Going to Verizon — and CDMA — requires a much more involved rework of the device. Going to be an interesting 2010 in iPhoneland, that’s for sure.
Scott Moritz, at TheStreet.com:
Um, read the story, and you’ll find it presents no evidence that Apple is contemplating a T-Mobile deal. All you get is an analyst speculating that Verizon isn’t going to get the iPhone soon, and speculating that if Apple wants to end AT&T’s iPhone exclusivity it might logically cut a deal with T-Mobile. But it’s all guesswork.
The analyst says that he expects that a Verizon iPhone will appear only in 2011, and that it’ll use a 4G LTE data connection rather than Verizon’s current EVDO network. Sounds logical enough. If you assume that Verizon’s current spree of iPhone bashing means it’s not going to announce an Apple deal immediately, it feels more and more likely that Apple and Verizon will skip the dead-end technology an EVDO iPhone would bring and jump directly to an LTE model. And it’s going to be 2011 before an LTE iPhone makes sense.
Or so I think. I cheerfully concede that I could be wrong. Which is why this post isn’t titled “No Verizon iPhone Until 2011…”
Nobody likes being compared to a misfit toy. So it’s not surprising that a couple of new iPhone ads feel like indirect responses to Verizon’s recent iPhone/AT&T attack ads (here they are in a John Paczkowski post at All Things Digital).
Unlike Verizon and AT&T’s own salvos so far, Apple’s are snark-free. (I’m not sure if there’s any secret explanation, but Apple’s Mac ads are about 90% snark and its iPhone ones are relentlessly upbeat.) The new iPhone spots just point out an excellent feature of the AT&T network that’s easy to miss unless you know it’s there: You can make a call and use the Internet at the same time. Which I do frequently, and which I’d miss if I switched to Verizon…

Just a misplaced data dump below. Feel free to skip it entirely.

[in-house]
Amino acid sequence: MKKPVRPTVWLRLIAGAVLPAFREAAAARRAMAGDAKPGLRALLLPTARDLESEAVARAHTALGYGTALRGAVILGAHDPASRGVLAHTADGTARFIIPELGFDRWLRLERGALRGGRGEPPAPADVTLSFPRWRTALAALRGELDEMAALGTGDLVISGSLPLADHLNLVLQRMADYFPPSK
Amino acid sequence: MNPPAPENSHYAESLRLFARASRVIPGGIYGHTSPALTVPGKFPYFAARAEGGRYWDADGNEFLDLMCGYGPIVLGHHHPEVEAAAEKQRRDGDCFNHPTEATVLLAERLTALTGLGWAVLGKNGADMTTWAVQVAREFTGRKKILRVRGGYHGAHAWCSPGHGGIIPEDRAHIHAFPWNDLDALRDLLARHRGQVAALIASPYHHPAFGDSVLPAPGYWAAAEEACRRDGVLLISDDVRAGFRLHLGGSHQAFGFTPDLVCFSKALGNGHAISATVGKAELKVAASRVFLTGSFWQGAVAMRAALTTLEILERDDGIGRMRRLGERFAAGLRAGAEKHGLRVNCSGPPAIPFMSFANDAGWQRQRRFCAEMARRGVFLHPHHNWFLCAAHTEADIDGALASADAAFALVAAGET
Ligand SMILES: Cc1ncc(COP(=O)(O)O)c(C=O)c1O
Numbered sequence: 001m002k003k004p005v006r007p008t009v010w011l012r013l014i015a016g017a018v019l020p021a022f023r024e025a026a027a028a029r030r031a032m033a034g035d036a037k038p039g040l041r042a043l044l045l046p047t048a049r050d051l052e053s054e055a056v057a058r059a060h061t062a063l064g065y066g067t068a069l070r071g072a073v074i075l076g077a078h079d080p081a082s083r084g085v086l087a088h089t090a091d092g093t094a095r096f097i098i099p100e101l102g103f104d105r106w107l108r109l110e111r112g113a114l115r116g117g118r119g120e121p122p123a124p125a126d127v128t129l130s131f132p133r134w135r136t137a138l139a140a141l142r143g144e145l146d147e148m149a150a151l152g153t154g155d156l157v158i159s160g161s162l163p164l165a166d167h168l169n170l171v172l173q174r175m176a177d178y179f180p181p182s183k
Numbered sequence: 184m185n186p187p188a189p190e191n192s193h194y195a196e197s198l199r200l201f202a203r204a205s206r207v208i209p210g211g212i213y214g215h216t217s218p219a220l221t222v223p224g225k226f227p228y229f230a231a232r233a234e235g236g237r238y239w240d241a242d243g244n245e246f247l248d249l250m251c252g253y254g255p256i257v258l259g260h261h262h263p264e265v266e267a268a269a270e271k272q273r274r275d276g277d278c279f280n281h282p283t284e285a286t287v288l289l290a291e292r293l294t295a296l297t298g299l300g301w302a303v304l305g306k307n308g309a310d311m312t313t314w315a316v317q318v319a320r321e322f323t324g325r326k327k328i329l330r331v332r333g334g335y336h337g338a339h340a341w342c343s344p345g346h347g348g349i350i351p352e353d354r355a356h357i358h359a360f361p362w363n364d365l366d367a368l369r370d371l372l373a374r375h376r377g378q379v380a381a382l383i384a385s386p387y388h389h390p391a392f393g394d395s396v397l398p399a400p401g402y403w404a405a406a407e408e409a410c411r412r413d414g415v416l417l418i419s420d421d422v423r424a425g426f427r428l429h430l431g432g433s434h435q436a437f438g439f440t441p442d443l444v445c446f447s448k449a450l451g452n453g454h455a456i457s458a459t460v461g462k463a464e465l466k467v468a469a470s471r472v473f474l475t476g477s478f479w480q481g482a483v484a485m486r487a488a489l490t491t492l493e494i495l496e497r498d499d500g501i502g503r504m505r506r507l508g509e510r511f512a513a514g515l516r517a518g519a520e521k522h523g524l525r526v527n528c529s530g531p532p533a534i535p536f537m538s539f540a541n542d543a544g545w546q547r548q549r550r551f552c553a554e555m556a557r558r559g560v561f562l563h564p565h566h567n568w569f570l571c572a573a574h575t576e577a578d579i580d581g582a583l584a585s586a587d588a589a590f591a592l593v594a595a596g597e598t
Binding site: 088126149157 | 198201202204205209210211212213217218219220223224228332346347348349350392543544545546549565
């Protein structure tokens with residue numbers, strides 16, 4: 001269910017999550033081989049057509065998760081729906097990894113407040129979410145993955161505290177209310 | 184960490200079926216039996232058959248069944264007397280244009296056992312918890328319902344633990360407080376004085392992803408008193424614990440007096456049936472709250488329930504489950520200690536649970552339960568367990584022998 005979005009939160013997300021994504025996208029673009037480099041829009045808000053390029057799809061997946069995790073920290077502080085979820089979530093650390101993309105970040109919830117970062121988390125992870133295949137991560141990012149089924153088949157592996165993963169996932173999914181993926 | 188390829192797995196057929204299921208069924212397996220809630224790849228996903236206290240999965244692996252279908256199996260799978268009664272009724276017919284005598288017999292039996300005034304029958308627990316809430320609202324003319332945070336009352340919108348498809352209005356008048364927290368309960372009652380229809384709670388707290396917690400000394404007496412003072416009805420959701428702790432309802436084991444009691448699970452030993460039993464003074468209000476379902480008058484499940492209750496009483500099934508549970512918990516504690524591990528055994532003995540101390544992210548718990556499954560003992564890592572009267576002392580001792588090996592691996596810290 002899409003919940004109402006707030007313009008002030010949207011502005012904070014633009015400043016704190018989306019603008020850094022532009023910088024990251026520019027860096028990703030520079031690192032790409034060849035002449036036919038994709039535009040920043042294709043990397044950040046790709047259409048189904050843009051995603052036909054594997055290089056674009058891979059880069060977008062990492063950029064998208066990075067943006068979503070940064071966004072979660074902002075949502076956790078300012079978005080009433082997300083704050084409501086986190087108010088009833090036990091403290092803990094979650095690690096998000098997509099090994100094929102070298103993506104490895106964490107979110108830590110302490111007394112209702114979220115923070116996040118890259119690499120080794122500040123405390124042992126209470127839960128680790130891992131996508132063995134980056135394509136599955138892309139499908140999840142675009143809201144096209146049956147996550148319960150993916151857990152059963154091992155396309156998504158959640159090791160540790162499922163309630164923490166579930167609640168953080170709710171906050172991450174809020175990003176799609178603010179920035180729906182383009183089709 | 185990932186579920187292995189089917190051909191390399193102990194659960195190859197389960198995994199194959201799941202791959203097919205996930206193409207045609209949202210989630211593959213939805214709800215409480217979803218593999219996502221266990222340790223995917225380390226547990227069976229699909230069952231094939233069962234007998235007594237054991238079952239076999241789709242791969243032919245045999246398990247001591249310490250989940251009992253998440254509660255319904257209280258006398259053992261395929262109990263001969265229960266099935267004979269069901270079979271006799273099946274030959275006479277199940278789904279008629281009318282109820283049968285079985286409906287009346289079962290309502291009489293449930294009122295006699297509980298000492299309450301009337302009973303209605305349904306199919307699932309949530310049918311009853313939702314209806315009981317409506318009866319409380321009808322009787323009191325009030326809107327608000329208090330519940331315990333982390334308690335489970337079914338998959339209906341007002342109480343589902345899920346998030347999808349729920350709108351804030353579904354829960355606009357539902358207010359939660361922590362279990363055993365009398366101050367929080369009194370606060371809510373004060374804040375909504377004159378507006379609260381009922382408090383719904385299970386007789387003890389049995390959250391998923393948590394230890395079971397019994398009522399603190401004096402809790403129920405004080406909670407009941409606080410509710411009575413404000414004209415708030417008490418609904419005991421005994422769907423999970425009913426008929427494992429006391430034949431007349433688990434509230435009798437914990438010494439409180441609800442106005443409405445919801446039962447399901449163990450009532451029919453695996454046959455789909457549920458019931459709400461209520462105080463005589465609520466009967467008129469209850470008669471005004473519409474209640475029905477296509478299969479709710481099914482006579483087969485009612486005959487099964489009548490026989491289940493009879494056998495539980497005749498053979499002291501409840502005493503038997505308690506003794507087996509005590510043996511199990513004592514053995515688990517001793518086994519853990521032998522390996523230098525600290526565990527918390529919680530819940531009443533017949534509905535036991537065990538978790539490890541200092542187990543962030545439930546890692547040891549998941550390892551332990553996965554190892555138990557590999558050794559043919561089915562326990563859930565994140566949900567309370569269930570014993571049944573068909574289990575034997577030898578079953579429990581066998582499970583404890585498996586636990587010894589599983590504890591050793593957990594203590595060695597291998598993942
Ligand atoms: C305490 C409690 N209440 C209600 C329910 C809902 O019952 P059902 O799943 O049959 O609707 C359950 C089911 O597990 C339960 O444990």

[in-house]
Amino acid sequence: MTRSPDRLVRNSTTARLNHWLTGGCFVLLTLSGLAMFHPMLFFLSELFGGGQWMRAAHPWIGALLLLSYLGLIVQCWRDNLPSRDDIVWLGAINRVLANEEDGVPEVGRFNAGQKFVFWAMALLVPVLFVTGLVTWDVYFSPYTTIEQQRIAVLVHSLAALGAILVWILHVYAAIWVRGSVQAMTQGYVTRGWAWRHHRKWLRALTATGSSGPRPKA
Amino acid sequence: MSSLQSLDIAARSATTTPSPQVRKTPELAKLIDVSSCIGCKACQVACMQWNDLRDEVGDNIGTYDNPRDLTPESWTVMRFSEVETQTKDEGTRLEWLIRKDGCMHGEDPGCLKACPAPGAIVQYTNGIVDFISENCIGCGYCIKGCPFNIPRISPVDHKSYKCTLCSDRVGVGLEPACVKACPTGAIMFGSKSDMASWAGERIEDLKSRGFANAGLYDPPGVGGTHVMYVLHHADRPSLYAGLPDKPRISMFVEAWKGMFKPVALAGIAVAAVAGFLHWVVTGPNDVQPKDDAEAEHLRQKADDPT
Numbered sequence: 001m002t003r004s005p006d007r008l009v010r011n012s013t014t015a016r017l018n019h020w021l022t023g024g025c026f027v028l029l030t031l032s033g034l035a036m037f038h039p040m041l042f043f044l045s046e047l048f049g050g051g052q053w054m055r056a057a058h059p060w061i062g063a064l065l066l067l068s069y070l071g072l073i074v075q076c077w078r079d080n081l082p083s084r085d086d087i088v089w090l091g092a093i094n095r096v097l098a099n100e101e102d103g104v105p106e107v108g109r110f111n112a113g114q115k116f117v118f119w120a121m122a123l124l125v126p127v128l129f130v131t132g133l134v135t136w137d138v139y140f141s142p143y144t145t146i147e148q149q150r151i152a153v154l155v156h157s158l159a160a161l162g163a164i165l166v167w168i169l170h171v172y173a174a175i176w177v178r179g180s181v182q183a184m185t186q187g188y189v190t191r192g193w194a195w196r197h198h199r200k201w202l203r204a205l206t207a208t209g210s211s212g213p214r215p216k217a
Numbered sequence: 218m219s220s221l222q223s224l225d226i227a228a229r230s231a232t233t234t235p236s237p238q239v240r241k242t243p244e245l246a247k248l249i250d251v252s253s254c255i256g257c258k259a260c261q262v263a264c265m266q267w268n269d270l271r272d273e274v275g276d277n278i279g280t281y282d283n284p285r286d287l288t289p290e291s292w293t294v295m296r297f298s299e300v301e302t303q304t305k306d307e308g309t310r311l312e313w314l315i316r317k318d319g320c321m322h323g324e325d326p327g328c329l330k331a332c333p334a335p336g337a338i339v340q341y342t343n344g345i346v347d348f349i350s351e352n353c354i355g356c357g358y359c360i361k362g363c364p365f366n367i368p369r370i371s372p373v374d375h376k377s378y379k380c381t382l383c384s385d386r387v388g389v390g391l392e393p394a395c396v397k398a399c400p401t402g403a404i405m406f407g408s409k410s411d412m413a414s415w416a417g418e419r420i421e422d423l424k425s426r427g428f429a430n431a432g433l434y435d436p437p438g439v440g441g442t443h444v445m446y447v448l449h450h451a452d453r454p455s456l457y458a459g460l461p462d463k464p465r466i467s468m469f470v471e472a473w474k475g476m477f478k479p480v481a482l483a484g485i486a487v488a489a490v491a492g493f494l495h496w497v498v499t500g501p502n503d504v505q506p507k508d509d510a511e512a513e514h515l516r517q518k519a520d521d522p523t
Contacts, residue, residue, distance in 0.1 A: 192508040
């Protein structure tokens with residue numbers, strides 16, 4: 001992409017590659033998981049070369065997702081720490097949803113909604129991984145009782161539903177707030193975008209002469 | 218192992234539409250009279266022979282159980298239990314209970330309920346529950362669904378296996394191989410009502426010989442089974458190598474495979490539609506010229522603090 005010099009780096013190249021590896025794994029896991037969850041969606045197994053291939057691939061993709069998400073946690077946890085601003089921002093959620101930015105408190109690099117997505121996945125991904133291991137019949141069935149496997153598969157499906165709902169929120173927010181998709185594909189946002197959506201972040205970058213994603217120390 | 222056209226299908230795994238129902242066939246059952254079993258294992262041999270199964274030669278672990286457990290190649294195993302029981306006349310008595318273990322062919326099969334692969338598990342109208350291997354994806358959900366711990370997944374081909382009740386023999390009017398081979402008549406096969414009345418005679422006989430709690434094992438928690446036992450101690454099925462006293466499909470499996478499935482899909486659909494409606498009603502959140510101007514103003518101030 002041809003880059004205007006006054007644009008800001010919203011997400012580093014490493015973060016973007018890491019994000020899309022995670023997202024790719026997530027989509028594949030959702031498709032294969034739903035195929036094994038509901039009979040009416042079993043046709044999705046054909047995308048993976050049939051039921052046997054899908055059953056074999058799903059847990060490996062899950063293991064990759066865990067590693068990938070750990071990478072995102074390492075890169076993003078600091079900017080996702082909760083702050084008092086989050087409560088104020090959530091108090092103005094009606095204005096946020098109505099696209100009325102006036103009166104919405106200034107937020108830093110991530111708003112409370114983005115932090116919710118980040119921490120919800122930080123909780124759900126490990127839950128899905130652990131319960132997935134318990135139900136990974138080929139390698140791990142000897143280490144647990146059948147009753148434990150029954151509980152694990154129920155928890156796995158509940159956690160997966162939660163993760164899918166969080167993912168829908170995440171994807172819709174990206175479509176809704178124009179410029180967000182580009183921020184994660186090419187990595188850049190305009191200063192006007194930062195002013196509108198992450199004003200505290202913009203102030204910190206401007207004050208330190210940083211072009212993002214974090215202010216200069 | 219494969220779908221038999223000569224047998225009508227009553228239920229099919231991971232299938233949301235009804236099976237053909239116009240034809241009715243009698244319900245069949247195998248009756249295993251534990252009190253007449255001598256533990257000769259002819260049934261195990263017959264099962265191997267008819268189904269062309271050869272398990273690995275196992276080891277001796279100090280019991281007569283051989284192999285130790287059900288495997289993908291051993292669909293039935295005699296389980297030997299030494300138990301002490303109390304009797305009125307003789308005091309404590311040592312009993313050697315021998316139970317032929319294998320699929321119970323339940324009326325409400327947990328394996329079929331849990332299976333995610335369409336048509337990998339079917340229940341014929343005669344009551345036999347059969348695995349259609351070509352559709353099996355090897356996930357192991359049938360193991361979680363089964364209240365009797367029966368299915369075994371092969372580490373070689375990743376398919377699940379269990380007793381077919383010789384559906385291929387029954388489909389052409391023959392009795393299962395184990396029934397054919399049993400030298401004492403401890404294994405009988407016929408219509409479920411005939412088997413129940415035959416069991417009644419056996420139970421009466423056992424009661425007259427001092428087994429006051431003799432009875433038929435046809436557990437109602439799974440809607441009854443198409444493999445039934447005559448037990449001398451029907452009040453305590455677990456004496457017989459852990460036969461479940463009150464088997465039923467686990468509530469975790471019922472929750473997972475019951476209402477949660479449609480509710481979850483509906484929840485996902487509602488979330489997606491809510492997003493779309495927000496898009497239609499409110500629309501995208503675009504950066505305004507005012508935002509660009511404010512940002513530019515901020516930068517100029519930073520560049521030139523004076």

Verizon has stopped teasing us about its upcoming Android-based Droid phone and made it official: The Motorola phone goes on sale a week from Friday. It runs Android 2.0, has a slide-out keyboard and a 5 megapixel camera with flash, and comes bundled with a 16GB MicroSD card. It also has a beta version of the first edition of Google Maps to do turn-by-turn navigation. (Imagine what’ll happen to the navigation industry if every phone version of Google Maps does that for free.)
Droid is $199 on a two-year contract after a $100 rebate, which is pretty much the price it needs to be to be competitive with the iPhone 3GS.
Here’s a video from Google on Android 2.0, which looks like it’ll be a significant advance on the nice-but-sorta-spartan first version of the OS:
I haven’t seen a Droid in the flesh yet, but early buzz on the phone is exceptional. The only truly great next-generation smartphones to come along so far are the iPhone and the Palm Pre; on paper, at least, it sounds like there’s a chance the Droid will join them.
Phone ubersite The Boy Genius Report has its hands on Verizon/Motorola’s upcoming Droid phone–in non-final form–and says it’s not only the most impressive Android phone to date but also the most impressive new phone since the iPhone. The site hasn’t posted a review, but it’s got a photo gallery up. Like many (most?) smartphones, the Droid looks a lot like an iPhone at first glance. But its big screen slides up to reveal the physical QWERTY keyboard that the iPhone lacks, and probably will always lack.
I’ve grown reasonably adept with the iPhone’s keyboard, but still find physical QWERTY desirable–I’m still looking for a smartphone with input as good as what I had on my Psion Series 5 more than a decade ago, and I’ve said that my ideal phone might be a Palm Pre that ran the iPhone OS. Also, the one thing that almost nobody remembers about on-screen keyboards is that they take up space; the iPhone will never be a top-notch pocketable word processor, because you can only see a little bit of your document as you type. Phones with physical keyboards can devote all their pixels to information rather than virtual keys.
Boy Genius says they like the Droid’s keyboard, and while it’s impossible to judge a tiny keyboard based on a photo alone, there’s nothing about the first views of the Droid’s keyboard that’s alarming. It could be good…